Jori Lewis on the Wisdom and Resiliency of Africa’s Baobab Trees
This Week from the Emergence Magazine Podcast
Emergence Magazine is an online publication with annual print edition exploring the threads connecting ecology, culture, and spirituality. As we experience the desecration of our lands and waters, the extinguishing of species, and a loss of sacred connection to the Earth, we look to emerging stories. Our podcast features exclusive interviews, narrated essays, stories and more.
In this narrated essay, Jori Lewis ventures out from her home in Dakar, Senegal, drawn to the wisdom and resiliency of Africa’s baobab trees: ancient arks of biodiversity that have migrated across the landscape, enduring for millennia. As many of the oldest trees have died and younger ones struggle to survive, Jori bears witness to these elders in a rapidly changing world.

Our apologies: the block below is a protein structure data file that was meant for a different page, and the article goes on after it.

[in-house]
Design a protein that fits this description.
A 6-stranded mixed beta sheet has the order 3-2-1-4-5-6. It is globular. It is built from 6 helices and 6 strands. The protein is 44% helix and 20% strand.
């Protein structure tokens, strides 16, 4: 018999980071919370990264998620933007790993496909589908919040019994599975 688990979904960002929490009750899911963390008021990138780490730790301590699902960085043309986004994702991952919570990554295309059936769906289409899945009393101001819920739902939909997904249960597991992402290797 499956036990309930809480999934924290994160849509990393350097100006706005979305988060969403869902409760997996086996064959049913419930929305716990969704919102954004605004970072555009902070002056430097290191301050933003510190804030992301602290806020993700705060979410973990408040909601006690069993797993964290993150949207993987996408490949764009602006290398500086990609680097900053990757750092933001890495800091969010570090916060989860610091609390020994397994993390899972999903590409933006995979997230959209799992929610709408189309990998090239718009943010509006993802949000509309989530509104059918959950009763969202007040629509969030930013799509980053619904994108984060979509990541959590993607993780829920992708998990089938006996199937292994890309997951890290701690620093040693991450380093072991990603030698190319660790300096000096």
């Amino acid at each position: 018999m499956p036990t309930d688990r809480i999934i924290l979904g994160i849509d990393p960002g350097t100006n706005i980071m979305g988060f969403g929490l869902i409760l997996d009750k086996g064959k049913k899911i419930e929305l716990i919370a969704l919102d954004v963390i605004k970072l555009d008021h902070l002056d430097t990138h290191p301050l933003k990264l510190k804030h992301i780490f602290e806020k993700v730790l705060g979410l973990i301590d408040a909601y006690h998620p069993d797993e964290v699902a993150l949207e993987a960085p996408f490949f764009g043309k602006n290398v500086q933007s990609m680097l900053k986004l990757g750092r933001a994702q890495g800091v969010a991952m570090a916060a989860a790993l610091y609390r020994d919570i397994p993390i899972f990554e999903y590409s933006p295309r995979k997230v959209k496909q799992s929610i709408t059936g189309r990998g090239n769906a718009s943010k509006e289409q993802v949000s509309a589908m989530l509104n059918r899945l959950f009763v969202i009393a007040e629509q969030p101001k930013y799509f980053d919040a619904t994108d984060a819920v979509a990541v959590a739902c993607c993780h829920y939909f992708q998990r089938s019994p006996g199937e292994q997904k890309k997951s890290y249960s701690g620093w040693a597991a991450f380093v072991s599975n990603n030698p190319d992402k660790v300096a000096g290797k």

Jori Lewis writes about the environment and agriculture mostly from the Global South. In 2018, she received the prestigious Whiting Grant for Creative Nonfiction for her latest book, Slaves for Peanuts: A Story of Conquest, Liberation, and a Crop That Changed History. She is also a contributing editor at Adi Magazine, a literary magazine covering global politics. Jori splits her time between Illinois and Dakar, Senegal.
Beth Moon is a photographer who is internationally recognized for her large-scale platinum prints. Her photographs are housed in collections around the world and have appeared in more than eighty solo and group exhibitions in the United States and internationally. Her books include: Baobab; Ancient Trees: Portraits of Time; Ancient Skies, Ancient Trees; and Between Earth and Sky.